Wireless Networks: Technological Challenges and Policy Implications

45 Pages Posted: 6 Nov 2013

See all articles by Christopher S. Yoo

Christopher S. Yoo

University of Pennsylvania Law School; University of Pennsylvania - Annenberg School for Communication; University of Pennsylvania - School of Engineering and Applied Science

Date Written: November 6, 2013


Since June 2012, mobile wireless has emerged as the largest and fast growing medium for broadband service. At the same time, mobile wireless networks have proven considerably more difficult to manage than wireline networks. The primary causes are the rapid growth in demand for wireless bandwidth and the greater susceptibility of wireless networks to poor quality of service because of the omnidirectional propagation of wireless signals, bad handoffs, local congestion, and the susceptibility to complex interference patterns caused by multipath propagation. Moreover, the central inference underlying the primary form of congestion management is not valid for wireless networks. As a result, wireless networks adopt different approaches to error correction and congestion management than do wireline networks, which results in significantly heavier network management in ways that violate the Internet’s commitment to the absence of per-flow state and its supposed adherence to the absence of prioritization.

In addition, mobile networks put significant pressure on the routing architecture by requiring the use of Internet gateways for 3G networks, accelerating the pace with which the routing architecture changes, fragmenting the compactness of the address space, and relying on a mobile IP solution that depends on a home agent to serve as a proxy in the core of the network. Proposed solutions, such as the identity/locator split, represent significant deviations from the universal address architecture around which the current architecture is designed. These considerations support the Federal Communications Commission’s decision to subject wireless broadband to a less restrictive version of its rule against unreasonable discrimination in its Open Internet Order.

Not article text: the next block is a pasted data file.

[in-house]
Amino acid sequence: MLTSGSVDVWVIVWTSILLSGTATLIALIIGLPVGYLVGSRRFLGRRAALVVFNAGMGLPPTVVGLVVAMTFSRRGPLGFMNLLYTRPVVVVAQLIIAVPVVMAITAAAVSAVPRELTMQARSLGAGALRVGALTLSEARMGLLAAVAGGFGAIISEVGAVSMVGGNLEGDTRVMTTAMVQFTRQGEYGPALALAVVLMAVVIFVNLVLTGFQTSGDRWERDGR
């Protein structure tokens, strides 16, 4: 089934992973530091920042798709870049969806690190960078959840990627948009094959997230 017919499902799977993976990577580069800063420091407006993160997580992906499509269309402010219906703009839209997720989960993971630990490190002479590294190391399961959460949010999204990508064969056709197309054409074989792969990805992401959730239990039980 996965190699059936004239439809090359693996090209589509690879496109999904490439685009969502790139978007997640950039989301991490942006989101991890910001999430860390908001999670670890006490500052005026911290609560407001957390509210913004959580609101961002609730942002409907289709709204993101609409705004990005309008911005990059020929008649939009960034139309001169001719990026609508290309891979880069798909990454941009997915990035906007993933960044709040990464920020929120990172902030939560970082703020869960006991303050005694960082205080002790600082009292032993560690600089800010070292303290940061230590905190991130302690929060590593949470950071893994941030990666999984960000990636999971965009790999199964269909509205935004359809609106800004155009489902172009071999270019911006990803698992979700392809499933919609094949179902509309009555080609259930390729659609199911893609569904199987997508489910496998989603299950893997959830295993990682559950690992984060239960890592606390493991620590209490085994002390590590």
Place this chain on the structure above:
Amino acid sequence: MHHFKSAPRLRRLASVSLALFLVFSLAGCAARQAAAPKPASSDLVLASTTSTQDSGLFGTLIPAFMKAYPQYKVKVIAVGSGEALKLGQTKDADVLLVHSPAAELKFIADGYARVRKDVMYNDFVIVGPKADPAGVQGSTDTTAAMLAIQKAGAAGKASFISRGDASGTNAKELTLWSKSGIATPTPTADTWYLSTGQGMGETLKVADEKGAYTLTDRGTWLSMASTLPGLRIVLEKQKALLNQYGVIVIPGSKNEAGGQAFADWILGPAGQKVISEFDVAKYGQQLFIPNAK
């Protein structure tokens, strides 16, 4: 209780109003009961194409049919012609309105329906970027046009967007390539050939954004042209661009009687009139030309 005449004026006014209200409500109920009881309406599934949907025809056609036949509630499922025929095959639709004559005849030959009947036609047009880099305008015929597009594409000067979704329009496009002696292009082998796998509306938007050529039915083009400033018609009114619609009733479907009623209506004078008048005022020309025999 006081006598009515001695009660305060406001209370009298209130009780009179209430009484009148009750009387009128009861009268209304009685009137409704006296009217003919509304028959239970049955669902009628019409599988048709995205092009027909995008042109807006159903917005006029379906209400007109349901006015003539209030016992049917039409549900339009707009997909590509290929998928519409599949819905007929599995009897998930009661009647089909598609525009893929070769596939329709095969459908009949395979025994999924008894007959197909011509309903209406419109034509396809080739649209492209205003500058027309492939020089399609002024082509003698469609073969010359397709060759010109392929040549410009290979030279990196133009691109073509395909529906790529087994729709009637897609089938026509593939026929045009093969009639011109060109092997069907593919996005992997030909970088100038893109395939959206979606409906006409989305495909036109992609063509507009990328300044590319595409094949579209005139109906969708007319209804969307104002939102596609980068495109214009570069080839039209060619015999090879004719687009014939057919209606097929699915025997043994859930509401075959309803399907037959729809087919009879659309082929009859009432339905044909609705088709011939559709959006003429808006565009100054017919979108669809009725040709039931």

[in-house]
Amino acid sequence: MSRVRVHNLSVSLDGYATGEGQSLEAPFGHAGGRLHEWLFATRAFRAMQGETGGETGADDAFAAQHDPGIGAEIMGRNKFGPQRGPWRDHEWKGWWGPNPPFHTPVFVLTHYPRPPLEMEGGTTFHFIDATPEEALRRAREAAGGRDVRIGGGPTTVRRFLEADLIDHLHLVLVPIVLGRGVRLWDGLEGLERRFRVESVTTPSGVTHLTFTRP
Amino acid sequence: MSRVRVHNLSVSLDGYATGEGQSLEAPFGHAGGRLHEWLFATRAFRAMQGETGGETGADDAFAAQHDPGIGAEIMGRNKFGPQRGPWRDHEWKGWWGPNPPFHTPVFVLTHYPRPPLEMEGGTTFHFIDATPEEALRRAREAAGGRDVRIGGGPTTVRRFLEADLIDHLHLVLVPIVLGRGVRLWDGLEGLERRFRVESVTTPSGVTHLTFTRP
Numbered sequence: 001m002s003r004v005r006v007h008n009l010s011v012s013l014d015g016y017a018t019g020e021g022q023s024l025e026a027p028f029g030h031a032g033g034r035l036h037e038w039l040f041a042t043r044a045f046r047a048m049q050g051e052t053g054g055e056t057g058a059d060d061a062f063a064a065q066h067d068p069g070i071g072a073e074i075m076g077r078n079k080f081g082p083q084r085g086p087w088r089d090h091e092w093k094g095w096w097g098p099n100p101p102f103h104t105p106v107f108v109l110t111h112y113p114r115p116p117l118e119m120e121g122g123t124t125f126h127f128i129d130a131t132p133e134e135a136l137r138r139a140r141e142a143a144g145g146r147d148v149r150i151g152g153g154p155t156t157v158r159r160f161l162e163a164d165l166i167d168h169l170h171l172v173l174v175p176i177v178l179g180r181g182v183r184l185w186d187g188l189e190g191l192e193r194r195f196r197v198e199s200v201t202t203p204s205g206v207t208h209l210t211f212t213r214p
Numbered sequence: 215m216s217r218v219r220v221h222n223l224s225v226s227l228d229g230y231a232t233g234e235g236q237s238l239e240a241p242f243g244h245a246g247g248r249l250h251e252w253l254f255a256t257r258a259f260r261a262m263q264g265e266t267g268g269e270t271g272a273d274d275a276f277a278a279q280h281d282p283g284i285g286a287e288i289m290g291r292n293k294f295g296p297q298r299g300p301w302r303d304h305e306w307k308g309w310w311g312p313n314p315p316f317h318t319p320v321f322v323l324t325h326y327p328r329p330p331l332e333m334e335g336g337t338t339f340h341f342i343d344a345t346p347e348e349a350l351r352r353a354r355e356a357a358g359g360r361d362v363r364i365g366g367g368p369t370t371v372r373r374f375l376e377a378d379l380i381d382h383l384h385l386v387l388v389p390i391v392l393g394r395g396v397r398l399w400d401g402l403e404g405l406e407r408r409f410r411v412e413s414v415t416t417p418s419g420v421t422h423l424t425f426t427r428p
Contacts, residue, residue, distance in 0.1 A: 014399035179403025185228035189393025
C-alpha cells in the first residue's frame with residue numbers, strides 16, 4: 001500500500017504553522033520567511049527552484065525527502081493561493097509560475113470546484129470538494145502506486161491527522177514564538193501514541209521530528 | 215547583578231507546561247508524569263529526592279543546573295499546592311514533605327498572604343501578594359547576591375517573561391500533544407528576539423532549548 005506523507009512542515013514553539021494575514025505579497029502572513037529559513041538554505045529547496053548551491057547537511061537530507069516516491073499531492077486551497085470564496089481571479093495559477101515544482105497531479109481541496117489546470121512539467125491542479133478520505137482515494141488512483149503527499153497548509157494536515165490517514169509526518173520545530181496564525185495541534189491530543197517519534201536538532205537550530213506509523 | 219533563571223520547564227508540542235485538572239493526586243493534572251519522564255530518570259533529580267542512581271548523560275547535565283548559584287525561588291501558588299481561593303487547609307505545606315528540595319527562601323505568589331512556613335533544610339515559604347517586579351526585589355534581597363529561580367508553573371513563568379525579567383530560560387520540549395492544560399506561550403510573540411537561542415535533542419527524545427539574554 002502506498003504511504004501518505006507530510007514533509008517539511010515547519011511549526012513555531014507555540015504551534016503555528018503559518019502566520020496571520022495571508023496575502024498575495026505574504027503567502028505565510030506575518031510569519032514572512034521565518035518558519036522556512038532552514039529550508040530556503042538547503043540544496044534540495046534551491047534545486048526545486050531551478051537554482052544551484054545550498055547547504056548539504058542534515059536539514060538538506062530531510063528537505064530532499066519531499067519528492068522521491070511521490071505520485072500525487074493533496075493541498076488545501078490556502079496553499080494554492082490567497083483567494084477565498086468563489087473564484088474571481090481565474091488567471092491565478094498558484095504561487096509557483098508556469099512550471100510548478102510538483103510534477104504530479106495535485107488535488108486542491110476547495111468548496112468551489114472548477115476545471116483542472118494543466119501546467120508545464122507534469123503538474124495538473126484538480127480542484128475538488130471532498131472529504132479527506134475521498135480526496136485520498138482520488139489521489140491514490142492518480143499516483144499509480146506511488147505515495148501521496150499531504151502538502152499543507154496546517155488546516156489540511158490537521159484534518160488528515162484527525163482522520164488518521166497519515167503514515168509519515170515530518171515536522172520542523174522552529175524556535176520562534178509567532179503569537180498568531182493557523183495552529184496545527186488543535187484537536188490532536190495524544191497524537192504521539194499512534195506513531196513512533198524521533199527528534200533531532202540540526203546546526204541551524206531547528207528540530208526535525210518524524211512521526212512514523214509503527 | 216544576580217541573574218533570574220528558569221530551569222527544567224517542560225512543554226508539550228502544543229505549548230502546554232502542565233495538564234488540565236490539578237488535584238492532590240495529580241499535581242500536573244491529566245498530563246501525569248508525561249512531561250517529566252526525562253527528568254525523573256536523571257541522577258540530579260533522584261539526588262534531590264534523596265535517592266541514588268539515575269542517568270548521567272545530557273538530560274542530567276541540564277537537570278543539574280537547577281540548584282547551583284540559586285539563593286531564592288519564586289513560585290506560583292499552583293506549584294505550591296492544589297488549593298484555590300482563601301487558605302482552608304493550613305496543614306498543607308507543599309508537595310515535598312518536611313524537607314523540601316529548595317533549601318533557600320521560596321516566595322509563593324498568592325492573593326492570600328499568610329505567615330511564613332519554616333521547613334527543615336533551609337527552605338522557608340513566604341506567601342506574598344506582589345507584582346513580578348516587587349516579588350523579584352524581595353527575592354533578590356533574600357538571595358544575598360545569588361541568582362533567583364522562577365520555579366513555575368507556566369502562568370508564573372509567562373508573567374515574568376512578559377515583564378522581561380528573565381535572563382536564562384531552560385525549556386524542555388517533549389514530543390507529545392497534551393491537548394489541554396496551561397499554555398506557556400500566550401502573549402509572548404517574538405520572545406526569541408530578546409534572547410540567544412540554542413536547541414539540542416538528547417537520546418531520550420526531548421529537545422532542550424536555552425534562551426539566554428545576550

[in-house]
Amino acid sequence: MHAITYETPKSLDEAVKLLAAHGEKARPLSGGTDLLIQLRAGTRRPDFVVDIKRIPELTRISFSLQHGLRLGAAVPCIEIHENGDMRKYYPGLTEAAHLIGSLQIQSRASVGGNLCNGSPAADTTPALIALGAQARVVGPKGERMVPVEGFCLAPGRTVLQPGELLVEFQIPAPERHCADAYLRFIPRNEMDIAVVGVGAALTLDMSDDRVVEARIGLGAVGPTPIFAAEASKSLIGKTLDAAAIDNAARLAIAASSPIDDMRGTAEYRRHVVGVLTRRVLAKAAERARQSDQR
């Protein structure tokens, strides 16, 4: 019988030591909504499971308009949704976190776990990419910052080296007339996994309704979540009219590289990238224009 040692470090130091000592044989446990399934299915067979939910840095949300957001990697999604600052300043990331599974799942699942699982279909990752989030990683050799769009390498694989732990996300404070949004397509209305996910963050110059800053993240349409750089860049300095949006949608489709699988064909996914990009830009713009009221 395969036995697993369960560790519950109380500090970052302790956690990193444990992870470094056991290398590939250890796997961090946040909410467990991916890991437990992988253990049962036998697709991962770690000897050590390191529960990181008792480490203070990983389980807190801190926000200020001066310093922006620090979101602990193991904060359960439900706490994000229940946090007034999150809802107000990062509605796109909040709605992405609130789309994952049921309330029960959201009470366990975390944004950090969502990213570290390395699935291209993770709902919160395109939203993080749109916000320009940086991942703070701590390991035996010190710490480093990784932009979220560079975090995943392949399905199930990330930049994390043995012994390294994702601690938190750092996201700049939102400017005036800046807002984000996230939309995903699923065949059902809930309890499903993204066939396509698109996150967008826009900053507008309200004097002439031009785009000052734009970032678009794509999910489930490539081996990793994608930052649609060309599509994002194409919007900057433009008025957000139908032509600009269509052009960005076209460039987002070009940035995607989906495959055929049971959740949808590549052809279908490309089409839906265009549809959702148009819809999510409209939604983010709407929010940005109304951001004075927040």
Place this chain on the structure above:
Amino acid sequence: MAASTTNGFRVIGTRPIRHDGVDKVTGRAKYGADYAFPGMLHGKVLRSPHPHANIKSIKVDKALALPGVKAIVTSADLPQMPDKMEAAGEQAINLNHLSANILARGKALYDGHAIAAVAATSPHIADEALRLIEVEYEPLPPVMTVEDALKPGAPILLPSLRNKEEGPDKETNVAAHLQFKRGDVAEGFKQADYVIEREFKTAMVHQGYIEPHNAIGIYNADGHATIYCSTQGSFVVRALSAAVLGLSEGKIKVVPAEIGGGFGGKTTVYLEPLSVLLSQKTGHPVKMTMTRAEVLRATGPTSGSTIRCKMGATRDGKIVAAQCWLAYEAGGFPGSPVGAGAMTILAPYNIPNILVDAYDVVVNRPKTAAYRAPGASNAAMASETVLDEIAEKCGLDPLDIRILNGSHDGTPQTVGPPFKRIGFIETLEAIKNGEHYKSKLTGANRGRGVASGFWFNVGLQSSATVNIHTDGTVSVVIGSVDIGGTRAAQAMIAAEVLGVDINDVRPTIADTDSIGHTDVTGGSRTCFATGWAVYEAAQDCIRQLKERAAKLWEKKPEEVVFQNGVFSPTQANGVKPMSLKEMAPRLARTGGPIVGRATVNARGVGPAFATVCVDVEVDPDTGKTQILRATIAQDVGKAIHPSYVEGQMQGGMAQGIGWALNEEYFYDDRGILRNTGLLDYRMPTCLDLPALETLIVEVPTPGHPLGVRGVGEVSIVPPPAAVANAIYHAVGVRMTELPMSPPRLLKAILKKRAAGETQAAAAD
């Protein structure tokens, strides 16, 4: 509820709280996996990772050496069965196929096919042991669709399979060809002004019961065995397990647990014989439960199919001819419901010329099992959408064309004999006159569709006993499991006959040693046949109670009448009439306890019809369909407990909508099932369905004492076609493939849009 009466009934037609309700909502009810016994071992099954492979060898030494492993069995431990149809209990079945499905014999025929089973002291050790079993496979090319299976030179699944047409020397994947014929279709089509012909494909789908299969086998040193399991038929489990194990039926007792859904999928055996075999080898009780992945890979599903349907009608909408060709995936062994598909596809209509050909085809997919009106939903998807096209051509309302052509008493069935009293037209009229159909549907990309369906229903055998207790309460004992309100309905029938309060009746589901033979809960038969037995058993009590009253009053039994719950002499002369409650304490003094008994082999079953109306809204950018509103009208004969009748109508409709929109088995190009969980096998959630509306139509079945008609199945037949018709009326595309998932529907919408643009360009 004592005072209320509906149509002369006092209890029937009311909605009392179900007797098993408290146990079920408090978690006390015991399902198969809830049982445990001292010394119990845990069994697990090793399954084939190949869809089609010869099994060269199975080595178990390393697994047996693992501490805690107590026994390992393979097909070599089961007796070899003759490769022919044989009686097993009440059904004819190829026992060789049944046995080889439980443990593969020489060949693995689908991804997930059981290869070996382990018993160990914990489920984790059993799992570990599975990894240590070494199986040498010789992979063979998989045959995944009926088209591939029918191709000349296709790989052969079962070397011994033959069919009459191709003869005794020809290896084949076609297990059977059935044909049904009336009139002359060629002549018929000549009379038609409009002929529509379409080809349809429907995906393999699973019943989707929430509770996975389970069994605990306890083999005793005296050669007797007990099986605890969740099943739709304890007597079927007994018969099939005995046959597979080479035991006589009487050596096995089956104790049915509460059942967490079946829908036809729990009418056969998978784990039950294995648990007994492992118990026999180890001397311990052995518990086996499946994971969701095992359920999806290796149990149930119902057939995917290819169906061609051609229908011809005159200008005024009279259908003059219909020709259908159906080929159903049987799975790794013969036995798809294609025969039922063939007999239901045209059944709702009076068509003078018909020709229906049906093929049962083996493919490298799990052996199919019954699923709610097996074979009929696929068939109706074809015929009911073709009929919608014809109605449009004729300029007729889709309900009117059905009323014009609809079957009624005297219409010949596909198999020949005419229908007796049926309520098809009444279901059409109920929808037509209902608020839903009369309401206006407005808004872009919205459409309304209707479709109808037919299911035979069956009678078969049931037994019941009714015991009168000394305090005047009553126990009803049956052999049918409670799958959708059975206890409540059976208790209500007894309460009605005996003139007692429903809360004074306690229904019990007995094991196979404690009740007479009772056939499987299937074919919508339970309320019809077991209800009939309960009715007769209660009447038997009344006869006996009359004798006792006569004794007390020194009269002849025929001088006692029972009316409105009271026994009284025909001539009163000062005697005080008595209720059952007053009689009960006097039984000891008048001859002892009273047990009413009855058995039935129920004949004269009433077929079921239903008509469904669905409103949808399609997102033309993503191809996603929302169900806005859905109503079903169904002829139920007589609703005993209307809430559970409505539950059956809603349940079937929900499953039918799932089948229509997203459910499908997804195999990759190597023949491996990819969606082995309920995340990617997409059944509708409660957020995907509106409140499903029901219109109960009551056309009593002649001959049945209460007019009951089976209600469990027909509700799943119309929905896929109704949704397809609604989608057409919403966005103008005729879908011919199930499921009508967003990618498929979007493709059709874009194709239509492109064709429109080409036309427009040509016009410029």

Keywords: Communications law, regulation, wireless broadband service, bandwidth constraints, congestion management, error correction, absence of per-flow state, prioritization, net neutrality, FCC, rule against unreasonable discrimination, Open Internet Order, routing architecture and addressing space

JEL Classification: K23, L52, L96

Suggested Citation

Yoo, Christopher S., Wireless Networks: Technological Challenges and Policy Implications (November 6, 2013). U of Penn, Inst for Law & Econ Research Paper No. 13-31. Available at SSRN: https://ssrn.com/abstract=2350777 or http://dx.doi.org/10.2139/ssrn.2350777

Christopher S. Yoo (Contact Author)

University of Pennsylvania Law School ( email )

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HOME PAGE: http://www.law.upenn.edu/faculty/csyoo/

University of Pennsylvania - Annenberg School for Communication ( email )

3620 Walnut St.
Philadelphia, PA 19104-6220
United States
(215) 746-8772 (Phone)

University of Pennsylvania - School of Engineering and Applied Science ( email )

3330 Walnut St.
Philadelphia, PA 19104-6309
United States
(215) 746-8772 (Phone)

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